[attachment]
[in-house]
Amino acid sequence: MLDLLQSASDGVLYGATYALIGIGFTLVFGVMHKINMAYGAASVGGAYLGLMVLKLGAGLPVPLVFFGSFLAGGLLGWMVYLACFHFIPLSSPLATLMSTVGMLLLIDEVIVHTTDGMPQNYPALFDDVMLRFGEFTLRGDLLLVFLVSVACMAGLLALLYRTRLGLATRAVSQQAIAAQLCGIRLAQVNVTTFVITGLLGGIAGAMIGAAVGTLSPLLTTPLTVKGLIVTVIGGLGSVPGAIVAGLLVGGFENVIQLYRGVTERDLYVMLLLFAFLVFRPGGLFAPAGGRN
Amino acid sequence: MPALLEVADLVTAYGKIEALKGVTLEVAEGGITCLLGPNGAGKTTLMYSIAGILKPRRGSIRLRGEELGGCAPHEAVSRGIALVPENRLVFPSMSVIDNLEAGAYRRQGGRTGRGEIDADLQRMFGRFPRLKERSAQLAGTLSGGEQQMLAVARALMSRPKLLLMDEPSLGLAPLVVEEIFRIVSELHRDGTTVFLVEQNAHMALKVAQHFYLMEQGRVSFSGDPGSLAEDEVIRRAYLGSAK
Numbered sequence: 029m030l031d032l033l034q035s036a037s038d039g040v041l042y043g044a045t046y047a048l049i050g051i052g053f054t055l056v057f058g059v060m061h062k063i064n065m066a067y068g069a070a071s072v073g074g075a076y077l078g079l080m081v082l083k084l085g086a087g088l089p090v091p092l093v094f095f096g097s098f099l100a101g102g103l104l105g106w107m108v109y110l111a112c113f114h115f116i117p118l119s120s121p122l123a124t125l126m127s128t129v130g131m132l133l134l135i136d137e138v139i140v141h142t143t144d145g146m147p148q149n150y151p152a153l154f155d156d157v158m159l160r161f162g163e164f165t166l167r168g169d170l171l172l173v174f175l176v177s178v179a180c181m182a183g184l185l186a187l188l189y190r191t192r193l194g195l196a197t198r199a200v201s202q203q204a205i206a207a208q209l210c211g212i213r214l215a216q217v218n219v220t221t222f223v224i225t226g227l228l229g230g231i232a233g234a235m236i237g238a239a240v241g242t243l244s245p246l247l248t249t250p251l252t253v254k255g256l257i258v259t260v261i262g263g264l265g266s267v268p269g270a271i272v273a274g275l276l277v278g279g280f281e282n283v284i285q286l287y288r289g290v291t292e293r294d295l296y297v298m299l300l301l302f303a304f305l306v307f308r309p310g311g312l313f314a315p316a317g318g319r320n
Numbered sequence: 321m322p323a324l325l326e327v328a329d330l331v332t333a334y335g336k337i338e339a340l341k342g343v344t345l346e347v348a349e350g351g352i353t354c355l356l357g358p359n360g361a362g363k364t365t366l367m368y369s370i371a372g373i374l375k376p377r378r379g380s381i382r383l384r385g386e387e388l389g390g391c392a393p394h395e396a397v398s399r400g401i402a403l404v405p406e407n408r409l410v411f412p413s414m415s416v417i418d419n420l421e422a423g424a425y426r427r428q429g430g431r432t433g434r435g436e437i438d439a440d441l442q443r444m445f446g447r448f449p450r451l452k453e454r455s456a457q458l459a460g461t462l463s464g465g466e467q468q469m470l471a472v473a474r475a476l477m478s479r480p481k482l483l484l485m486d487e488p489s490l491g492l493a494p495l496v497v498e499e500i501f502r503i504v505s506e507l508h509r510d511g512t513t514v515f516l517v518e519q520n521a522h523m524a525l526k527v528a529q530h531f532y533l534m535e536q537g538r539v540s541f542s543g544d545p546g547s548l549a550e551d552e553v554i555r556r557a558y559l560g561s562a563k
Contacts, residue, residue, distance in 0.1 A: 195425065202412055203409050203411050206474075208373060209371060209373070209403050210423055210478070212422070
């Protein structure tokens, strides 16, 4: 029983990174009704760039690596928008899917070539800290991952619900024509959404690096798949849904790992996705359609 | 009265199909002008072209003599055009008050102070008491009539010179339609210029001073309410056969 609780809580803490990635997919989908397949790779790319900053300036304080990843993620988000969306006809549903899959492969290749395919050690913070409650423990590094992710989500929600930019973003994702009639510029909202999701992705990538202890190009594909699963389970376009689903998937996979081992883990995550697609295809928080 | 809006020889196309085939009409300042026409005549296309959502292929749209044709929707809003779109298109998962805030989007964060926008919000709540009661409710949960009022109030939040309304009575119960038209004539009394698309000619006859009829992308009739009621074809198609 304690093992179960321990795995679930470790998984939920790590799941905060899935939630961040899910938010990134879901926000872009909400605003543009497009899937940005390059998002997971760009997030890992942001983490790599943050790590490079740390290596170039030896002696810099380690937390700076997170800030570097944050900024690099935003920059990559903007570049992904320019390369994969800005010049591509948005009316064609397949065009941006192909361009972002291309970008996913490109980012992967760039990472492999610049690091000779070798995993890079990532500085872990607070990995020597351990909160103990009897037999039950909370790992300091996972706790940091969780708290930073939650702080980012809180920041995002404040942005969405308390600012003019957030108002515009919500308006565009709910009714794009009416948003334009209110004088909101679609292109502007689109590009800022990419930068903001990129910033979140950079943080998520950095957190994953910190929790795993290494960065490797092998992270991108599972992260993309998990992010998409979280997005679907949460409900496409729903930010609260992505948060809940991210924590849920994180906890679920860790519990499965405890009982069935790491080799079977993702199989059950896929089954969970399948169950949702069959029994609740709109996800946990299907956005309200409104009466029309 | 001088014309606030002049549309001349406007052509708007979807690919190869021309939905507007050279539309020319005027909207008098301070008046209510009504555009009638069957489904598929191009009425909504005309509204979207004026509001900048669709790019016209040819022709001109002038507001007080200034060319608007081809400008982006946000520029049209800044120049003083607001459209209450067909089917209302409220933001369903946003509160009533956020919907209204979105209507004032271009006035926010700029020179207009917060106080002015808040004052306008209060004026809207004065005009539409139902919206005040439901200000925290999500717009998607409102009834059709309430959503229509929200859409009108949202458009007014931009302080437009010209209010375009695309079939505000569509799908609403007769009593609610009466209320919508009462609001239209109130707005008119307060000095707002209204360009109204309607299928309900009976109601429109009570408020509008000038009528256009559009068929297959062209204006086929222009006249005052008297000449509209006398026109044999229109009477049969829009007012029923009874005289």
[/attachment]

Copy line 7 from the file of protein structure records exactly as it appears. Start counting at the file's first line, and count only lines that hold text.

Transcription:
């Protein structure tokens, strides 16, 4: 029983990174009704760039690596928008899917070539800290991952619900024509959404690096798949849904790992996705359609 | 009265199909002008072209003599055009008050102070008491009539010179339609210029001073309410056969 609780809580803490990635997919989908397949790779790319900053300036304080990843993620988000969306006809549903899959492969290749395919050690913070409650423990590094992710989500929600930019973003994702009639510029909202999701992705990538202890190009594909699963389970376009689903998937996979081992883990995550697609295809928080 | 809006020889196309085939009409300042026409005549296309959502292929749209044709929707809003779109298109998962805030989007964060926008919000709540009661409710949960009022109030939040309304009575119960038209004539009394698309000619006859009829992308009739009621074809198609 304690093992179960321990795995679930470790998984939920790590799941905060899935939630961040899910938010990134879901926000872009909400605003543009497009899937940005390059998002997971760009997030890992942001983490790599943050790590490079740390290596170039030896002696810099380690937390700076997170800030570097944050900024690099935003920059990559903007570049992904320019390369994969800005010049591509948005009316064609397949065009941006192909361009972002291309970008996913490109980012992967760039990472492999610049690091000779070798995993890079990532500085872990607070990995020597351990909160103990009897037999039950909370790992300091996972706790940091969780708290930073939650702080980012809180920041995002404040942005969405308390600012003019957030108002515009919500308006565009709910009714794009009416948003334009209110004088909101679609292109502007689109590009800022990419930068903001990129910033979140950079943080998520950095957190994953910190929790795993290494960065490797092998992270991108599972992260993309998990992010998409979280997005679907949460409900496409729903930010609260992505948060809940991210924590849920994180906890679920860790519990499965405890009982069935790491080799079977993702199989059950896929089954969970399948169950949702069959029994609740709109996800946990299907956005309200409104009466029309 | 001088014309606030002049549309001349406007052509708007979807690919190869021309939905507007050279539309020319005027909207008098301070008046209510009504555009009638069957489904598929191009009425909504005309509204979207004026509001900048669709790019016209040819022709001109002038507001007080200034060319608007081809400008982006946000520029049209800044120049003083607001459209209450067909089917209302409220933001369903946003509160009533956020919907209204979105209507004032271009006035926010700029020179207009917060106080002015808040004052306008209060004026809207004065005009539409139902919206005040439901200000925290999500717009998607409102009834059709309430959503229509929200859409009108949202458009007014931009302080437009010209209010375009695309079939505000569509799908609403007769009593609610009466209320919508009462609001239209109130707005008119307060000095707002209204360009109204309607299928309900009976109601429109009570408020509008000038009528256009559009068929297959062209204006086929222009006249005052008297000449509209006398026109044999229109009477049969829009007012029923009874005289």